Is St Lucia really one of the world's most dangerous places?

We want to thank Alicyn Ecker for her comment on the 60 HOMICIDES IN ST LUCIA DURING 2017 blog and the sympathy she expressed. We've included the comment below because she raises some excellent points and we'd like to respond properly.

Alicyn, we have said consistently on this blog that St Lucia is a dangerous place and we agree that it would be irresponsible to do so without credible sources. We have very credible sources to justify our claims.

This blog focuses primarily on the case of Roger Pratt's murder in Vieux Fort St Lucia in 2014, and we have also shared the experiences of Georgina Mortimer, who was raped on holiday in St Lucia, and Anne Pearson, whose mother was murdered on the island.

Beyond these personal and very powerful stories, we have shared information from the Caribbean Safety and Security Net, which - the last time we checked - had logged well over 100 crimes against yachtspeople in St Lucia, including armed robber, murder and rape.

The most significant source, however, is the United Nations Office on Drugs and Crime (UNODC). Its latest analysis reveals that St Lucia had the 17th highest homicide rate in the world (21.56 per 100,000 people). UNODC figures use data from 2012, a year in which there were 39 homicides on the island.

UNODC murder rates (per 100,000 inhabitants)

Last year there were 60 homicides recorded in St Lucia. By our reckoning that is a homicide rate of 33.71 per 100,000 people. With all other things being equal, that puts St Lucia amongst the top 10 most dangerous places on earth.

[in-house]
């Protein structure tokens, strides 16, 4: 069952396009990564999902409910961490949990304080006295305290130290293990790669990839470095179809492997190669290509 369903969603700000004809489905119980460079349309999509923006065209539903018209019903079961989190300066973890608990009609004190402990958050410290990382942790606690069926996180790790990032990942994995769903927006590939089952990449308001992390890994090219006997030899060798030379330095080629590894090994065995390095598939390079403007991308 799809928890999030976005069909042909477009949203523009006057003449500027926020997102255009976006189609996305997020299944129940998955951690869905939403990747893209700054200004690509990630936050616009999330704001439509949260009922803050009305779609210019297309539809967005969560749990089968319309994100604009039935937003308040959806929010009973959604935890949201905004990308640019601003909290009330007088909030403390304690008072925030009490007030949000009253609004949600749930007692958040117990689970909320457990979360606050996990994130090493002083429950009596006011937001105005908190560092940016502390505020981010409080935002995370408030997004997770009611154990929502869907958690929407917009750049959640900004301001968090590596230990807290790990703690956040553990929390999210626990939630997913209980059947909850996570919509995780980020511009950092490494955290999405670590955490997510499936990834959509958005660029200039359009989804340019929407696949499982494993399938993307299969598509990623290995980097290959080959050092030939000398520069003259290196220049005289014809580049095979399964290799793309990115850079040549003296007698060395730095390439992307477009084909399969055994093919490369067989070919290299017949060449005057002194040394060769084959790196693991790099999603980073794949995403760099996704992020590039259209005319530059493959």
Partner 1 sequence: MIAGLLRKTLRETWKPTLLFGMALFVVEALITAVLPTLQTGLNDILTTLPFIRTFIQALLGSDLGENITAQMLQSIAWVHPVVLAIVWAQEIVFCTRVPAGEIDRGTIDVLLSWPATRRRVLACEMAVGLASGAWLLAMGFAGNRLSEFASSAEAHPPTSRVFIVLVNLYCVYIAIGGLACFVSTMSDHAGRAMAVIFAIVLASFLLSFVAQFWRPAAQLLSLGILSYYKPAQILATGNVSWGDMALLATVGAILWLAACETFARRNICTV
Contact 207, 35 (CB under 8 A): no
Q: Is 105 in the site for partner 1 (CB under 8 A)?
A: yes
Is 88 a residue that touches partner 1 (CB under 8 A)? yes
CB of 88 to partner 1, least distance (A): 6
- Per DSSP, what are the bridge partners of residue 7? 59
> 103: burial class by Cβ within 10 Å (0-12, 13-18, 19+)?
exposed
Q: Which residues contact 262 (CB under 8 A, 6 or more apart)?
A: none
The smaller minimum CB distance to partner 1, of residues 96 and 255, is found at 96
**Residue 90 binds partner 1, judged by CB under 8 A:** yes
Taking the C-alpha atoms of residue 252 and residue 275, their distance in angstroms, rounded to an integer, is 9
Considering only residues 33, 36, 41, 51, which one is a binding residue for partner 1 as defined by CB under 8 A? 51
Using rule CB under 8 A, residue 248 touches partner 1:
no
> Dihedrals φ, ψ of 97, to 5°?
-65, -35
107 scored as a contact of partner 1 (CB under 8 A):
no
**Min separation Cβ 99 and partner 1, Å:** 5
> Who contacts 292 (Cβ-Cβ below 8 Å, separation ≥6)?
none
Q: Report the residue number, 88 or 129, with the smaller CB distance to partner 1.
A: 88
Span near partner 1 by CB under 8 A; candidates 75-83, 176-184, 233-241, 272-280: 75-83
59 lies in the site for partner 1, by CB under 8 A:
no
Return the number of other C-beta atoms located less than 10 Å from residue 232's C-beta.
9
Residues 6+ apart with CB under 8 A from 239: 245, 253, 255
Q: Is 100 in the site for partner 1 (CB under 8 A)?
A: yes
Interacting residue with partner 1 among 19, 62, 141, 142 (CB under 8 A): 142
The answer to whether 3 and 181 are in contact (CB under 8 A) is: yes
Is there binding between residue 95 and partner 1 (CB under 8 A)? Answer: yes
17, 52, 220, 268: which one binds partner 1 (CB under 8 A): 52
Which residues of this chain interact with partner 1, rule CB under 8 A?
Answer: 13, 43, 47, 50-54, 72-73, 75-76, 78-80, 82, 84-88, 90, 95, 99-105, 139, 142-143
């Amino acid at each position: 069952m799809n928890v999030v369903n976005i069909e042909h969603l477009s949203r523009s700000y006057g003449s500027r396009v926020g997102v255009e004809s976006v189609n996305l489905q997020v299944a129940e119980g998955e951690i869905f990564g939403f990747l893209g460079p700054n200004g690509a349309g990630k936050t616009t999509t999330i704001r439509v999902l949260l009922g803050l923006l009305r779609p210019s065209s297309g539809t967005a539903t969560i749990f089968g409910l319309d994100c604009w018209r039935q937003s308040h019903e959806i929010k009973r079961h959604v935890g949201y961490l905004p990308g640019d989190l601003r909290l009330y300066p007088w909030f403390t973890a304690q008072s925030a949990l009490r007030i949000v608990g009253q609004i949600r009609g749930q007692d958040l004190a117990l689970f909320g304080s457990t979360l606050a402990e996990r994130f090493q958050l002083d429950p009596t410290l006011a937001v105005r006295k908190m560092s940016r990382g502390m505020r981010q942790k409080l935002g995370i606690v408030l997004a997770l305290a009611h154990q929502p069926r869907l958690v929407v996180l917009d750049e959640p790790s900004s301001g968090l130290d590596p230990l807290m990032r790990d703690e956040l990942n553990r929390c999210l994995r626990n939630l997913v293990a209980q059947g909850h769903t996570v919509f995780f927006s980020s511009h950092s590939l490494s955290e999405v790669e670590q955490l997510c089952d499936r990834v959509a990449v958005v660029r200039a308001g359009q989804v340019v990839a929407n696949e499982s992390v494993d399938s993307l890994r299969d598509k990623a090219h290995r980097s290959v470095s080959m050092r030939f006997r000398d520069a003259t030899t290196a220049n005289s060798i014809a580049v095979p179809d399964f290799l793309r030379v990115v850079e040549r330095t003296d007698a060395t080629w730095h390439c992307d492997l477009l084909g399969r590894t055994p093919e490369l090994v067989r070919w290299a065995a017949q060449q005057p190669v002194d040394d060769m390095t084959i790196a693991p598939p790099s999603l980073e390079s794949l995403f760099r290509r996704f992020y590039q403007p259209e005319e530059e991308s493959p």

This saddens us because, as Margaret has said on several occasions, St Lucia is a beautiful place and the people there, on the whole, treated her with great kindness. We are not hateful towards St Lucia and we don't want to damage its economy.

We fully accept that tourists who stay in hotel resorts, walled compounds and cruise ships are unlikely to experience problems, but we know from our own experiences and others that bad things do happen to tourists and the authorities on the island struggle to deal with them when they happen. We want to make sure that people choosing to visit the island do so with the full knowledge of the facts.

We seek justice for Roger Pratt and we also seek to shine a spotlight on the problems in St Lucia's justice system that means the victims of crime and their families have to wait years and years for justice (if it comes at all). We are very much aware that people in St Lucia bear the brunt of its violent crime epidemic and the challenges associated with its overstretched justice system.


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